An In Vitro Model of Latency and Reactivation of Varicella Zoster Virus in Human Stem Cell-Derived Neurons

An In Vitro Model of Latency and Reactivation of Varicella Zoster Virus in Human Stem Cell-Derived Neurons

Ingenol mebutate (Picato®) gel may cause severe skin reactions, eye injury, or herpes zoster (shingles) reactivation. The attenuated vaccine virus can reactivate and cause herpes zoster; Later in life, the virus can reactivate, causing shingles, which is a very different illness than chickenpox. All of us who had chickenpox can later have herpes zoster. Quiescent infections were established by exposing neurons to low titer cell-free VZV either by using acyclovir or by infection of axons in compartmented microfluidic chambers without acyclovir. Severe eye injuries identified include severe pain, chemical conjunctivitis, corneal burn, eyelid edema, eyelid ptosis, and periorbital edema. What is the varicella-zoster virus and how does it cause shingles? To date it has not been fully clarified which factors lead to reactivation of the virus from its dormant state.

Comparison of VZV genome transcription in quiescently-infected to productively-infected neurons using RNASeq revealed preferential transcription from specific genome regions, especially the duplicated regions. It should not be applied in or near the mouth, lips, or eye area and not to an area larger than 25 cm2. If you are having treatment for cancer, for example, you are more likely to get shingles. These symptoms can be present one to three days before the redness on the skin. Study of VZV latency and reactivation has been severely hampered by the inability to reproduce a persistent state in vitro or in vivo that can be experimentally reactivated. Our study establishes a system using human neurons derived from embryonic stem cells where multiple stimuli can induce reactivation from long term experimental latency. While the disease is not life-threatening, it can cause a painful rash anywhere on your body and usually appears as a single stripe of blisters that wraps around one side of the torso.

Very rarely, herpes zoster can manifest it self only in pain and without blisters, or with blisters but with no sense of pain. Herpes Zoster, which results from reactivation of latent varicella zoster virus (VZV) is a common and debilitating disease that is frequently complicated by acute pain, diverse neurological sequelae, vision problems and difficult-to-treat chronic pain known as post-herpetic neuralgia. The VZV latent state is established in human sensory neurons of ganglia along the entire neuraxis during primary infection and disease, chickenpox. Usually the virus does not cause any further problems; however, the virus may re-emerge years later, causing shingles. Persons who have herpes zoster can transmit the virus if the blisters are not intact. [3],[4]) in latently-infected ganglia. However, the recent recognition that latent VZV genomes undergo viral transcription in ganglia following post mortem removal raised doubt as to what transcriptional events occur in the latent state [2].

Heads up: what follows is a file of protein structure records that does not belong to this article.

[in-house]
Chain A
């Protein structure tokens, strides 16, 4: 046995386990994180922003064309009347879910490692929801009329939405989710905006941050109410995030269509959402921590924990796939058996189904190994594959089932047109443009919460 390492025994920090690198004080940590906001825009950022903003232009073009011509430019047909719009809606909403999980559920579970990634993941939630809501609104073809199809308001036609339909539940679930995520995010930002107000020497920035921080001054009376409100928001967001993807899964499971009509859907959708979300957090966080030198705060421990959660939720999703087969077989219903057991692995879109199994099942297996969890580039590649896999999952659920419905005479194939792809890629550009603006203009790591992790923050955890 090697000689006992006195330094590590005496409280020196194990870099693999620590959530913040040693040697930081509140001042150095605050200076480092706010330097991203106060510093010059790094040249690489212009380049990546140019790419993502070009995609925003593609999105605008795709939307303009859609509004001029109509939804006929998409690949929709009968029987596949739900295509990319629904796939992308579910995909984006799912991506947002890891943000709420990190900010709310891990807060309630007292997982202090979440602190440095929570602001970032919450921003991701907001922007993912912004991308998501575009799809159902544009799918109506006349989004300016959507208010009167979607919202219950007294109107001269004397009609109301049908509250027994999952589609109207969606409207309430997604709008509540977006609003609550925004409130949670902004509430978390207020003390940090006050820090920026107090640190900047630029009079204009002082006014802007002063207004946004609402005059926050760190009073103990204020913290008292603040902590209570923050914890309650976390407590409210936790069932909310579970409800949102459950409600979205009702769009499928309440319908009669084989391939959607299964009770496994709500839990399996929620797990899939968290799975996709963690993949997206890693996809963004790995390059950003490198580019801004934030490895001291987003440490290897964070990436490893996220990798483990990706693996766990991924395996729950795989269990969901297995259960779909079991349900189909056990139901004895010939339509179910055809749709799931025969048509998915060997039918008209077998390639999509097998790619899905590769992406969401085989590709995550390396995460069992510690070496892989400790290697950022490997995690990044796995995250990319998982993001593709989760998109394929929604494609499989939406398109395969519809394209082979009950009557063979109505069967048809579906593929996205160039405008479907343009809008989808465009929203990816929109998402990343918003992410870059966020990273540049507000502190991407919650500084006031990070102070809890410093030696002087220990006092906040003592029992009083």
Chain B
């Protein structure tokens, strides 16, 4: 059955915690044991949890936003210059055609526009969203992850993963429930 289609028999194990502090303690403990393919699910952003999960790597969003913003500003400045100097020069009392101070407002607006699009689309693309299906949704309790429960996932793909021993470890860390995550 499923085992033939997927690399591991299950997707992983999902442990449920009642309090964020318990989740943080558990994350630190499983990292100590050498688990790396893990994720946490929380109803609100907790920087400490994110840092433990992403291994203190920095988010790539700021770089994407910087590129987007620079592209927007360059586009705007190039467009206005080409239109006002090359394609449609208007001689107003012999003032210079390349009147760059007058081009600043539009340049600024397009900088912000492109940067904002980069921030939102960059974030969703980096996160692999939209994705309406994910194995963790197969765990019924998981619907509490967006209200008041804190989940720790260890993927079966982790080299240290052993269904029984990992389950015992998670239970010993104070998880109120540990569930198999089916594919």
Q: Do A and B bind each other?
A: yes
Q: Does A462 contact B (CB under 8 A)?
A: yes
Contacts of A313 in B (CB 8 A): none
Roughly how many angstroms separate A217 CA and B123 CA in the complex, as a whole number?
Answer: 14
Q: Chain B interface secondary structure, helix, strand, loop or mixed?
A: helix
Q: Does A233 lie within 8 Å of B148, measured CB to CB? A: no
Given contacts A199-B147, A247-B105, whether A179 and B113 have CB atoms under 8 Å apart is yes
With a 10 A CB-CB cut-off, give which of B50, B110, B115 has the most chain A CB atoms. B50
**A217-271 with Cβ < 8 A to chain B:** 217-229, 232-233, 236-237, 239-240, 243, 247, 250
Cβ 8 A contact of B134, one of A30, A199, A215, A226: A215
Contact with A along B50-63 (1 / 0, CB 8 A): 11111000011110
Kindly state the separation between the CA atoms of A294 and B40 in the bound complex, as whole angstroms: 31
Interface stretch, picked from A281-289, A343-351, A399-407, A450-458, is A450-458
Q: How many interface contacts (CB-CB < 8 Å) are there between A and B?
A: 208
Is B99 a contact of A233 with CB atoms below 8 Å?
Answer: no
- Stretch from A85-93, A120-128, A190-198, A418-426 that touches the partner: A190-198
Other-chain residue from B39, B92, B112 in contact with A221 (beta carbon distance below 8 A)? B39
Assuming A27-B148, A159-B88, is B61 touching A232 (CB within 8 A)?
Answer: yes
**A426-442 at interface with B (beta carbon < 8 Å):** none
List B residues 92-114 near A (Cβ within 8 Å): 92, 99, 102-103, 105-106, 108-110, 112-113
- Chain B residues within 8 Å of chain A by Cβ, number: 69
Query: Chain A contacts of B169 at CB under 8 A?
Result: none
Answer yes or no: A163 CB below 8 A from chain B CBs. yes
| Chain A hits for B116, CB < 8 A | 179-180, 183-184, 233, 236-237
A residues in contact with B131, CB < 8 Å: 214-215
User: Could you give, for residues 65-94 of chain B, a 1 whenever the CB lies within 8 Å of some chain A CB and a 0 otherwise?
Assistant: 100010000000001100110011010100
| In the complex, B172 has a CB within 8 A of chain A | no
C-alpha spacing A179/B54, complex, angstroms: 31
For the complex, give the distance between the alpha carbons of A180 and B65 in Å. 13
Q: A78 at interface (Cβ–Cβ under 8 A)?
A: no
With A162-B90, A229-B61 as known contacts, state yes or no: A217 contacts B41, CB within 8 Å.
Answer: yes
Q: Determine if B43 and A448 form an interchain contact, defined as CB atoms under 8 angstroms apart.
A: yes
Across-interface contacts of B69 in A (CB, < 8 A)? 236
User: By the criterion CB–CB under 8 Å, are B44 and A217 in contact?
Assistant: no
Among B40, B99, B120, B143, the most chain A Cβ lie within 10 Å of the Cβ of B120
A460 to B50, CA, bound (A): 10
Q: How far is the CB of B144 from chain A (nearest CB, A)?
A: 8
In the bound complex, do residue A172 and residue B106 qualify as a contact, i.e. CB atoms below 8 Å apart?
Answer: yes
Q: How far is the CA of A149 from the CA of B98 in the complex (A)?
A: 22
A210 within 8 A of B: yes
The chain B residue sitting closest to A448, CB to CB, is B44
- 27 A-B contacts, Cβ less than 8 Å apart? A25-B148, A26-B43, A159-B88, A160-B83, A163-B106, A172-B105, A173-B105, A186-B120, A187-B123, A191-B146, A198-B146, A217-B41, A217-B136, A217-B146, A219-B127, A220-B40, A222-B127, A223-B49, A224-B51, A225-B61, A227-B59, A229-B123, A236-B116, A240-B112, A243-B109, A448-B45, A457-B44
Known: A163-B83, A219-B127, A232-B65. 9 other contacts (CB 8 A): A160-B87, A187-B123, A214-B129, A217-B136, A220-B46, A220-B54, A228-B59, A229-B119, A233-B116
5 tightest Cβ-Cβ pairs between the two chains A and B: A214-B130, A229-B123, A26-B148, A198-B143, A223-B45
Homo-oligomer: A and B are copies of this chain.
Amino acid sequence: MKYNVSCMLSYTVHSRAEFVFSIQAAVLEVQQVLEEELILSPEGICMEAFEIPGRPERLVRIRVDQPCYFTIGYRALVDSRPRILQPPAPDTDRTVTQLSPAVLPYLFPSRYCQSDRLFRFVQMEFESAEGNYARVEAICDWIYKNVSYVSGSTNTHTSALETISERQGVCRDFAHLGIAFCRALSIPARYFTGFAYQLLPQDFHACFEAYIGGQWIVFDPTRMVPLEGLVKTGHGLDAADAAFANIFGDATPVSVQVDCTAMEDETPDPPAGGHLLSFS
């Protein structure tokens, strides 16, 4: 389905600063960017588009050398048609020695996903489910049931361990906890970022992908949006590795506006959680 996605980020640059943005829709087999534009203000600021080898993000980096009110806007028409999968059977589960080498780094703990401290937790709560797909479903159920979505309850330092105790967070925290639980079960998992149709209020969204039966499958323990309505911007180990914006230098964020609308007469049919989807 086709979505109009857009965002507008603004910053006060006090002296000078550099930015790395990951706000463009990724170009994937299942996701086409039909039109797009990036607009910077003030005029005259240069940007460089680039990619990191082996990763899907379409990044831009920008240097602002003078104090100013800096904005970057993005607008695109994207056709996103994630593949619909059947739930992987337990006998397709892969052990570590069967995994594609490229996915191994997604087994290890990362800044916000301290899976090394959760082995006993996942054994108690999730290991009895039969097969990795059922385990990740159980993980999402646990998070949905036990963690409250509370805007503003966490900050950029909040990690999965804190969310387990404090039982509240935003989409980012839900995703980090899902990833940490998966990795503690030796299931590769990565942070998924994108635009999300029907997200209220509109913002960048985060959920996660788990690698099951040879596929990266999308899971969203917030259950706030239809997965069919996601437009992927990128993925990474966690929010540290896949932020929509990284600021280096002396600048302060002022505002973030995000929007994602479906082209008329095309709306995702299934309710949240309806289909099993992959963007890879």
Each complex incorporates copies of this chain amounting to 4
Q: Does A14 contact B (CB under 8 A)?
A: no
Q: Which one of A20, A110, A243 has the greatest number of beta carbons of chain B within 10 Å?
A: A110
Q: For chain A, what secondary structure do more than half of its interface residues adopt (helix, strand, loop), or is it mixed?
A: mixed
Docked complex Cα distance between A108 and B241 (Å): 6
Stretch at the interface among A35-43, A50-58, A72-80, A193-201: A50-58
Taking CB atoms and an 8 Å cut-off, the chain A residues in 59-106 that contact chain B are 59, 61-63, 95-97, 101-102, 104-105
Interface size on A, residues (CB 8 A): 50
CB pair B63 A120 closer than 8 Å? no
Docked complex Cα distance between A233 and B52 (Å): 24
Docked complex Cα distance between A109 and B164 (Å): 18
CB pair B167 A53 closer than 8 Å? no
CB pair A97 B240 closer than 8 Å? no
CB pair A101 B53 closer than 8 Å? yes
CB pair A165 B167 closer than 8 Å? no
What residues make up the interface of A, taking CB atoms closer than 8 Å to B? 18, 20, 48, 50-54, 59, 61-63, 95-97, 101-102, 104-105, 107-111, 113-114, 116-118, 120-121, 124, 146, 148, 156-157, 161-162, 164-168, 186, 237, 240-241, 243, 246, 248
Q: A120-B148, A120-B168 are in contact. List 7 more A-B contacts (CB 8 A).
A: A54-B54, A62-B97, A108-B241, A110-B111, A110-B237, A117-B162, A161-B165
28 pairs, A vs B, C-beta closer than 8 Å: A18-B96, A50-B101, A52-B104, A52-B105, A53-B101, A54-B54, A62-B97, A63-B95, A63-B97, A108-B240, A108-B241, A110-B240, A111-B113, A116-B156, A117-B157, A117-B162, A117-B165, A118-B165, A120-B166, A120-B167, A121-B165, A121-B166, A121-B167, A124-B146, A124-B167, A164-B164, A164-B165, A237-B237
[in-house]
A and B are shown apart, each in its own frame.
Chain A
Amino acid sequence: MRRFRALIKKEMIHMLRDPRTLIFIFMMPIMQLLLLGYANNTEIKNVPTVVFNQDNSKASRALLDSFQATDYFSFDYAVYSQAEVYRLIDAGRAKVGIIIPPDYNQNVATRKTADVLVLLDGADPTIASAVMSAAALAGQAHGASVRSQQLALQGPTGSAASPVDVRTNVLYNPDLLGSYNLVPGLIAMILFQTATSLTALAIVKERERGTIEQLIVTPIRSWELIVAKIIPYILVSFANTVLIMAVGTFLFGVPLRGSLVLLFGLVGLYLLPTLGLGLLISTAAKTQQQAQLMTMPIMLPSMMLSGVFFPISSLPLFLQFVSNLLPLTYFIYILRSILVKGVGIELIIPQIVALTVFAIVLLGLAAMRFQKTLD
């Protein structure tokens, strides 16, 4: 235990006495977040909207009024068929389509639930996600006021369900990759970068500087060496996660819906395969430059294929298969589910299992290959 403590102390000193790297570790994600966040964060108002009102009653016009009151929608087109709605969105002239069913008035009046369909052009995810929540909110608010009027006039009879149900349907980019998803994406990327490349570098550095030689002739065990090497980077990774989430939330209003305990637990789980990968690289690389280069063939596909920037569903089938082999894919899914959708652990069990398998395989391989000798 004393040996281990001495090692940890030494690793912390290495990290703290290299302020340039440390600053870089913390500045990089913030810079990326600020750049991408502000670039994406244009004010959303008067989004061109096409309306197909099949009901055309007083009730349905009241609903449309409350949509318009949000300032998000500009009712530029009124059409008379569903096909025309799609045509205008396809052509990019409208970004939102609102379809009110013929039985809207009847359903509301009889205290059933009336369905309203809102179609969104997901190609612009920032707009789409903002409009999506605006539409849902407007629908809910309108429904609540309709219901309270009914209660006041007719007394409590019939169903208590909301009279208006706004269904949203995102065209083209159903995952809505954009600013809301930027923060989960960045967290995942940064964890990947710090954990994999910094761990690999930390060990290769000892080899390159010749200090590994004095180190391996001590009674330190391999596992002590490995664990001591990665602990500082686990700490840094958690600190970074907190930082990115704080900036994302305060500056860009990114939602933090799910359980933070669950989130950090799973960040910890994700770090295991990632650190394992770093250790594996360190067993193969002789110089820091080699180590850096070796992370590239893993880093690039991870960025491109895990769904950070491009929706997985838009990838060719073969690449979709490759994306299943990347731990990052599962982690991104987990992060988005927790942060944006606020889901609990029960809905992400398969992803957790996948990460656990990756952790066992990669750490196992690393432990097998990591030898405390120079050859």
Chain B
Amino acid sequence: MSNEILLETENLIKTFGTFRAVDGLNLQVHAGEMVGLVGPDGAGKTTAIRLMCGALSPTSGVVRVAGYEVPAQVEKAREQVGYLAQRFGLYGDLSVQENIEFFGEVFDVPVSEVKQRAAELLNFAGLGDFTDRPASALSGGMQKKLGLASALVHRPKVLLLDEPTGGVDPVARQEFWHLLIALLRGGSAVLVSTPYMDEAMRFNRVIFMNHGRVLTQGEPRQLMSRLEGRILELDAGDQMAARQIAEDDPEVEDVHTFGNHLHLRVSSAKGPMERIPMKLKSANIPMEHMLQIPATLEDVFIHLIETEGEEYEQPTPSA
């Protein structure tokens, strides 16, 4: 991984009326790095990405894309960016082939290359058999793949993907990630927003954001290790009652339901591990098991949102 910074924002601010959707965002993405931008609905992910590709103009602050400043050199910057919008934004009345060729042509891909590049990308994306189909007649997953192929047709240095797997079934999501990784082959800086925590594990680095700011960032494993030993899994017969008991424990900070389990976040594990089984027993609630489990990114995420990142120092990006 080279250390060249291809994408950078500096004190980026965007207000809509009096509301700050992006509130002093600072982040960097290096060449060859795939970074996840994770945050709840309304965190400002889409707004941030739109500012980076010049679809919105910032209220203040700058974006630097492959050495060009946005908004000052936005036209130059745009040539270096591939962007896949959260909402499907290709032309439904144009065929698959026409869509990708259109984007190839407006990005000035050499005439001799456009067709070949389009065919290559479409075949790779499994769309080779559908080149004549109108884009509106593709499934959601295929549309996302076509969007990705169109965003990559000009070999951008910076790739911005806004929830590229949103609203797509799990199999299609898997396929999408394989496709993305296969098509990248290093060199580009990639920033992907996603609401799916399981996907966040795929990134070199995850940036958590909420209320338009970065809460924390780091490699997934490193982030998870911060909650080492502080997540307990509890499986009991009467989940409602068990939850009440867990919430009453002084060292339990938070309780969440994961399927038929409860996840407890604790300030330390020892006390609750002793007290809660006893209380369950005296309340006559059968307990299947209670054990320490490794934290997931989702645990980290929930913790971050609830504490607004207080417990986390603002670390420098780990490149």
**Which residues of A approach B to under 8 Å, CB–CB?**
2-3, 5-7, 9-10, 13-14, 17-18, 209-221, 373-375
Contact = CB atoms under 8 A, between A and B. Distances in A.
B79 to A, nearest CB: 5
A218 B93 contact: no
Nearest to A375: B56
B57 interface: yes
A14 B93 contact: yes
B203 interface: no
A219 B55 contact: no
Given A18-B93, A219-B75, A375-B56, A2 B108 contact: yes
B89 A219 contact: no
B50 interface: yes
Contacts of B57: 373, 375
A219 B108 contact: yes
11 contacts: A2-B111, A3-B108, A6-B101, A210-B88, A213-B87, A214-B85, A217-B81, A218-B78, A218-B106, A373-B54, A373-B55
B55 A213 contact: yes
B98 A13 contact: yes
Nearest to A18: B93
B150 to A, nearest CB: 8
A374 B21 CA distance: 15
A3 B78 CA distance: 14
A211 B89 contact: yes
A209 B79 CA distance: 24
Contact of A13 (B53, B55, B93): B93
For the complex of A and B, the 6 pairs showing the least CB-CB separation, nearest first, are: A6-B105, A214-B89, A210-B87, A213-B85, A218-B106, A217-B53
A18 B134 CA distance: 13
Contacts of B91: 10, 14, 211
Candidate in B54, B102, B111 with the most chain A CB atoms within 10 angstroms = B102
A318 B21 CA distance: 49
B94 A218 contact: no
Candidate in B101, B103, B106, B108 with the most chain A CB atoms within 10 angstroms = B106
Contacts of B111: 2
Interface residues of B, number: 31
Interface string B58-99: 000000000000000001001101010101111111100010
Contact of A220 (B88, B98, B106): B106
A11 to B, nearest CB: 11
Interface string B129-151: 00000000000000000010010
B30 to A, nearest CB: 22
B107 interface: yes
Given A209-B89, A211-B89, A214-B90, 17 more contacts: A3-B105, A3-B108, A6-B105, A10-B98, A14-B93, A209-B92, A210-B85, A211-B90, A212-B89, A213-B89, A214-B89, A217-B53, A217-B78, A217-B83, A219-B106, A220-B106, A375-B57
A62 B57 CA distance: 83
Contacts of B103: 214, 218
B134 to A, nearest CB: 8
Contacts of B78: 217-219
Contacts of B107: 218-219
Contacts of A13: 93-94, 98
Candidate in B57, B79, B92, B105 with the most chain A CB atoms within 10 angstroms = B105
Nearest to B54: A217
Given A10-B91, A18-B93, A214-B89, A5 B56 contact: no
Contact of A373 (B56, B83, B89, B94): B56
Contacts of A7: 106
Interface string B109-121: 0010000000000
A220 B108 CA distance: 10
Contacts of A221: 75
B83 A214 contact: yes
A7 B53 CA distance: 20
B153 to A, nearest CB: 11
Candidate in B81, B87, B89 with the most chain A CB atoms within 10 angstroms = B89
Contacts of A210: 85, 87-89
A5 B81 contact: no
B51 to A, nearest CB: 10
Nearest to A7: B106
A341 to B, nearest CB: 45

The same virus also causes herpes zoster, or shingles, in adults. In more severe cases and when the eye is caught in the infection, the dermatologist prescribes a combination of systemic corticosteroids and antiviral medication. The most commonly reported transcript in human ganglia is that for ORF63 [7] (which has also been observed in rodent neurons in a model for VZV latency, i.e. [8], that encodes a transcriptional regulatory protein during lytic infection that may influence apoptosis and host cell survival [9],[10]. Shingles is due to a reactivation of varicella zoster virus (VZV) within a person’s body. In contrast to HSV, for which there are both small animal and in vitro models for latent infection that can be reactivated, there is no widely-used in vivo small animal model of latency or any in vitro system of persistent infection in which reactivation can be experimentally induced. Indeed, VZV has proven to be difficult to induce to reactivate, even from post-mortem human ganglia harboring latent VZV genomes.

An In Vitro Model of Latency and Reactivation of Varicella Zoster Virus in Human Stem Cell-Derived Neurons
The strict human specificity of VZV has precluded the use of most rodents as models of latency because no animal model reproduces human disease and most rodents do not even support VZV replication. Anyone 60 years of age or older should get the shingles vaccine, regardless of whether they recall having had chickenpox, which is caused by the same virus as shingles. However, it is possible that data obtained from it may not extend to human ganglionic latency due to species differences. Human dorsal root ganglia tissue transplanted to SCID mice have been pioneered for study of VZV neuronal infection by Arvin and colleagues (reviewed in [13], [14]). Human DRG obtained from 2nd trimester fetuses can be infected with VZV administered either directly into the fetal DRG graft, or following venous administration of VZV infected human T-cells. A slight weakening of the immune system in older people may account for the virus reactivating and multiplying to cause shingles. Low levels of transcripts from the ORF63 genomic region were detected in this model system, but reactivation of VZV in the model has not yet been documented.